yeah, fair enough. Yeah, you're right. I mean, you feel like, you know, we're, it's very, very narrow with regards to what we can do today. Yes, computers can do things very good. But they still need to be their hand needs to be held a lot, right? These are not intelligent systems yet?
Tim Kraska 16:23
No, they might be able to outperform humans in certain scenarios. But like, the question was, like, how much is pattern recognition? How much is actually be the generalization going on? And it's, it's a very tough question. So for example, I am like, our focus was off more on the traditional techniques. So not like we use deep learning techniques, but mainly for transfer learning. For example, if you've worked with text and unstructured data, we leverage multiple Java people have trained to build up feature vectors, but what we noticed is like, at least was the design patterns we're having. And the current customers that I'm like, it's much more so that like, most of them require very simple techniques, and when it provides them a lot of value. So in many scenarios, actually, just a simple like, boosted decision tree is hard to beat. And so like, I mean, like decision trees. Now, you can also say, like, yeah, there's some intelligence in their mind, I probably wouldn't argue against that. But they're sort of a real business use case. And in that, that's what the video about.
Justin Grammens 17:28
Yeah, for sure. And it seems like your technology is just very much, I guess, complimentary. You know, some sometimes people get worried about AI taking over their jobs, right, or, you know, basically, data science making their jobs obsolete. But it feels like you guys are providing, you know, a very nice tool that allows people to work on this from literally anywhere in the world. Yeah. Now,
Tim Kraska 17:49
I don't believe that actually, like AI is replacing so many jobs, like at least for the use cases we are solving, I might be others. This is different, but the use cases we are solving, we move on to enable people who have like a certain domain expertise to do more on their own and work better with the data scientists together. So like, in no scenario, we are culprits of why would argue that we actually replaced the human being, but we, for example, have helped to improve a process, right, like this shemeika company we are working with, it helped them to improve their processing pipeline. And so the way we do that is essentially giving the right people the right tool to an audit to make better predictions, which help them to make better decisions. And that,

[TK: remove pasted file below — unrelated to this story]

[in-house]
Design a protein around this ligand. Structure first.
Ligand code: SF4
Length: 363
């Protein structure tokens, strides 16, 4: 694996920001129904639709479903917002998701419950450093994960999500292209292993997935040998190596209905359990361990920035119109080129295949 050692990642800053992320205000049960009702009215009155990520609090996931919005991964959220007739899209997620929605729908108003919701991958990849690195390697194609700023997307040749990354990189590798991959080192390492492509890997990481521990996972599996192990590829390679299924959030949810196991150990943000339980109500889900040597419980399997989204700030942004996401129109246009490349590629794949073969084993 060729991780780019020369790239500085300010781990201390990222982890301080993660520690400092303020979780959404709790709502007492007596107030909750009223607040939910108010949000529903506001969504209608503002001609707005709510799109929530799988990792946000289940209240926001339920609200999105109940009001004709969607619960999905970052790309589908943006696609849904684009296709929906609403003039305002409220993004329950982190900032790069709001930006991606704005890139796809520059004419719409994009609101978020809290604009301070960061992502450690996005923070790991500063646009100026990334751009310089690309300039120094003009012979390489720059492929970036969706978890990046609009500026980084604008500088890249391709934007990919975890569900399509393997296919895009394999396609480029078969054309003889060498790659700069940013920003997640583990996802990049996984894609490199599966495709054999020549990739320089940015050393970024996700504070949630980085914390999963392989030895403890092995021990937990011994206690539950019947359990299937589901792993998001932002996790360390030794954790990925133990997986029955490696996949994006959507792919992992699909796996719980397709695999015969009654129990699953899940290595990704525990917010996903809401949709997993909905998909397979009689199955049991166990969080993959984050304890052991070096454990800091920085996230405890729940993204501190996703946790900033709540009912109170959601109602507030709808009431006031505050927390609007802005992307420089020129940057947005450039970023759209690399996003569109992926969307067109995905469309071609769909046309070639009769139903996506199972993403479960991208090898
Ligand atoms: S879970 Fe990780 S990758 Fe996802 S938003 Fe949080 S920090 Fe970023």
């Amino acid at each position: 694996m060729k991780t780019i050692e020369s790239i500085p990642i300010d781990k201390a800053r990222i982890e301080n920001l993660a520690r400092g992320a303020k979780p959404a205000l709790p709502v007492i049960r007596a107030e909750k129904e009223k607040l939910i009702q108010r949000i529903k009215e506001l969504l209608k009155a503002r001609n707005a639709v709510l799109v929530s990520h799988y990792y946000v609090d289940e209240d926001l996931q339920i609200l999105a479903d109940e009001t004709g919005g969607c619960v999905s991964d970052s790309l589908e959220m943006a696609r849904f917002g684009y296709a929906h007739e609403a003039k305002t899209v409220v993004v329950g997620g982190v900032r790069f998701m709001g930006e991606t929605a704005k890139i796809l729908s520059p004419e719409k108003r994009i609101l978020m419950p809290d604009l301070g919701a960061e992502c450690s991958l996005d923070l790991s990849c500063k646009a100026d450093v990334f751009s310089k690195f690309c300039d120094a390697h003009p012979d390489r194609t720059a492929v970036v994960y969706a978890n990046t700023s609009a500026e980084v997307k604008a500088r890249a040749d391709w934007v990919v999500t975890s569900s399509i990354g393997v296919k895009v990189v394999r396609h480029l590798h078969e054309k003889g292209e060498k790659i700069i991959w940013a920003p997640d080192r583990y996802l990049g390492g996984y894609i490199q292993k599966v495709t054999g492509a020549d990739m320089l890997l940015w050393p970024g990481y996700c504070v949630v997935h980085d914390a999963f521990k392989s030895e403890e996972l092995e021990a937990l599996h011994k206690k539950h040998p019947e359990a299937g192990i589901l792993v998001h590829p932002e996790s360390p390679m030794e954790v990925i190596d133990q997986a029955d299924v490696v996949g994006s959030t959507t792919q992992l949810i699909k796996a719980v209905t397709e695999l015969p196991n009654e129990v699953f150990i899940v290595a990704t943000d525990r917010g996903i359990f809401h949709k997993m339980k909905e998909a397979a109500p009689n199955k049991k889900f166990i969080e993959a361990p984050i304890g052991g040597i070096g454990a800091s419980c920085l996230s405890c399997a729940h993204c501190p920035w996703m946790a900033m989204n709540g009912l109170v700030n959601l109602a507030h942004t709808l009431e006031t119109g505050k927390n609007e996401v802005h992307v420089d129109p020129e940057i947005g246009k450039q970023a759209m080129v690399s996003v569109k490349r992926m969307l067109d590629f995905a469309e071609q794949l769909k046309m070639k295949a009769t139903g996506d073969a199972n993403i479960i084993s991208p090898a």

Justin Grammens 18:33
yeah, makes a lot of sense. For sure. Well, are you guys growing and hiring at at einblicke?
Tim Kraska 18:40
For sure. Like we definitely have like some engineering positions or plan. We are looking also for marketing people right now, particular for the SAS offering. So essentially, on all levels, we are looking for people, so if anybody is looking, please let us know.
Justin Grammens 18:54
Yeah, for sure. And I'll definitely go ahead and put a link to your guys's career page or your your jobs posting here in the liner notes. You know, this is more of a personal question, but um, you know, what, what sort of stuff do you do you read these days? You enjoy staying in the machine learning artificial intelligence side? Or is there other sort of stuff you find interesting that you?
Tim Kraska 19:13
That's a good question. So that the last book I really, really enjoyed was pictures like from the same author who did The Martian. It's like, really thought that's a really good book, even though I don't like sci fi usually. I really, really enjoyed reading that up.
Justin Grammens 19:29